Before filing a mechanics lien, it is strongly recommended that you first send the property owner a notice of intent to file a lien. Sending a notice of intent is required in some states, but there are states like Delaware in which notifying the property owner about your intention to record a mechanics lien is not mandatory.
However, construction participants in Delaware must keep in mind that sending a notice of intent can be enough to get you paid. Serving this notice is like giving the owner an ultimatum before you record a lien, and many property owners would rather settle a payment debt instead of having to deal with a mechanics lien.
This guide explains how you can effectively file a notice of intent to lien in Delaware.
- Who must send a Notice of Intent in Delaware?
- When do you send a Delaware Notice of Intent?
- What happens if you fail to send a Delaware Notice of Intent?
- How to send a Delaware Notice of Intent
- Best practices for sending a Delaware Notice of Intent
Who must send a Notice of Intent in Delaware?
Technically speaking, no party in Delaware is required to serve a Notice of Intent to Lien prior to actually filing a mechanics lien. However, doing so is a strongly recommended step. As mentioned, serving a notice of intention to file a lien can be very effective in getting property owners and other concerned parties to produce payment.
When do you send a Delaware Notice of Intent?
You may serve a Notice of Intent to Lien in Delaware at any time prior to recording a mechanics lien.
Note that it is best practice to serve a notice of intent at least 10 days prior to filing. This gives enough time to the property owner to receive the document and settle the payment debt.
Also note that the deadline for filing a mechanics lien in Delaware is no later than 180 days after project completion or 120 days after your last day of working on a project, depending on your role. Parties with a direct contract with the owner must follow the 180-day deadline, while parties with no direct contractual relationship with the owner must adhere to the 120-day timeframe.
Your notice of intent to lien in Delaware must be served on the property owner within the applicable deadlines.
What happens if you fail to send a Delaware Notice of Intent?
There are no lien-related consequences for failing to send a Notice of Intent to Lien in Delaware. It is an optional step that could get you paid without having to go through the full lien process, but it is otherwise not mandatory.
How to send a Delaware Notice of Intent
1. Prepare the Delaware Notice of Intent form
There are no statutory forms for the Delaware Notice of Intent to Lien. This means you can build your own form and customize the information you include in the document. Generally speaking, your notice of intent to lien must include the following details:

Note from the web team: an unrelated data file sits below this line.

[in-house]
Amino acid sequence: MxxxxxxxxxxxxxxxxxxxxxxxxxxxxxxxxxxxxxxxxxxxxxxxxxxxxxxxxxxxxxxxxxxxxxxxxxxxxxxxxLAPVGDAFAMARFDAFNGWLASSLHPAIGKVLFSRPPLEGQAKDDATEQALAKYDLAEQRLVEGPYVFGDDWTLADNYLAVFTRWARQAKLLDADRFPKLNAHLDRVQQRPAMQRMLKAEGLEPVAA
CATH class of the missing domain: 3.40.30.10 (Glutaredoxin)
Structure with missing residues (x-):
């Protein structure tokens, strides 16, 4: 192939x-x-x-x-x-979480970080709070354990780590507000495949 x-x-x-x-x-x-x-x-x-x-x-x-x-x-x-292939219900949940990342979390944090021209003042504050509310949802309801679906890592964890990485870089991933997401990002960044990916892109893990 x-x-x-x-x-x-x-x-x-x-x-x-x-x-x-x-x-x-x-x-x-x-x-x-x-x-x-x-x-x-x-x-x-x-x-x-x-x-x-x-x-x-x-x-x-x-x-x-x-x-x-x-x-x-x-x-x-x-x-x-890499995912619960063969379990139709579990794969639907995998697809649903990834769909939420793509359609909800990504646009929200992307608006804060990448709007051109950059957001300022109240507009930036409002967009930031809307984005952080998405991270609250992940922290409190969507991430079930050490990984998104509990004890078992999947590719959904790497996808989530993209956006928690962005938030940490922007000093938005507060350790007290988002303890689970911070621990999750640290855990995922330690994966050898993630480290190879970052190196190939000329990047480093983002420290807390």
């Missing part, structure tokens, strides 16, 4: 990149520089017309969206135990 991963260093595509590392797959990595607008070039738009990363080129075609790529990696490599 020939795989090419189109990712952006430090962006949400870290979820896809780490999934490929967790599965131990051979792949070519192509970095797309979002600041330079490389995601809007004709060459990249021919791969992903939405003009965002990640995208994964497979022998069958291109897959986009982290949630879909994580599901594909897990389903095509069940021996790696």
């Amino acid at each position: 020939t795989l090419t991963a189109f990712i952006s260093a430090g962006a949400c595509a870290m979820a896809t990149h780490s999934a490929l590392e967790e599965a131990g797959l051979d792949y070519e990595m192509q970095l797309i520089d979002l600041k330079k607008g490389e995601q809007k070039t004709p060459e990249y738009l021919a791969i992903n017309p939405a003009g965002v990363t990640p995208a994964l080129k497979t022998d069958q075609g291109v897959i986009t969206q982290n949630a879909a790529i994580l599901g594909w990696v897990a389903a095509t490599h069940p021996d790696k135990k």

- Your name and address
- The name and address of the property owner
- The name and address of the party who hired you
- A description of the property location sufficient for identification
- A description of the labor and materials you provided to the project
- The unpaid amount to be claimed on a mechanics lien
- An explicit statement declaring your intention to record a mechanics lien.
2. Serve the Notice of Intent
When you have the Delaware Notice of Intention to Lien form ready, you may send it to the property owner. There are no legally prescribed methods for serving the notice of intent. Serving the notice of intention to lien via certified mail with return receipt requested should be sufficient. You may also serve the notice in person.
Remember that the notice of intent is served before you record a mechanics lien, ideally at least 10 days prior. The goal of serving a notice of intent to lien in Delaware is to give the owner a final warning before you attach a lien to their property. Giving them a 10-day heads-up could get them to produce payment before you record a mechanics lien.
Best practices for sending a Delaware Notice of Intent
1. Send a Delaware Notice of Intent to Lien even if it is not required
Serving a Notice of Intent to Lien in Delaware is optional, but it can be effective in getting the owner to pay up. The Notice of Intent to Lien form is also relatively easy to prepare, so you should definitely serve this notice prior to recording a mechanics lien in Delaware.
2. Send a Delaware Notice of Intention to Lien on the hiring party
If the party who hired you is different from the property owner, you may also want to give the hiring party a copy of the notice of intention to lien. Some construction participants are contractually obligated to keep a property lien-free. If, for instance, a general contractor receives your notice of intention to lien, it could nudge them to settle the debt just so they do not end up breaching their contracts.
3. File a Delaware mechanics lien if payment issues continue
The Notice of Intent to Lien in Delaware is not the same as the mechanics lien. It is simply a document that warns a higher-tier party about your intention to record a lien. If you remain unpaid, be sure to record a Delaware mechanics lien. Filing a mechanics lien is still arguably the most effective method in recovering payment from delinquent clients.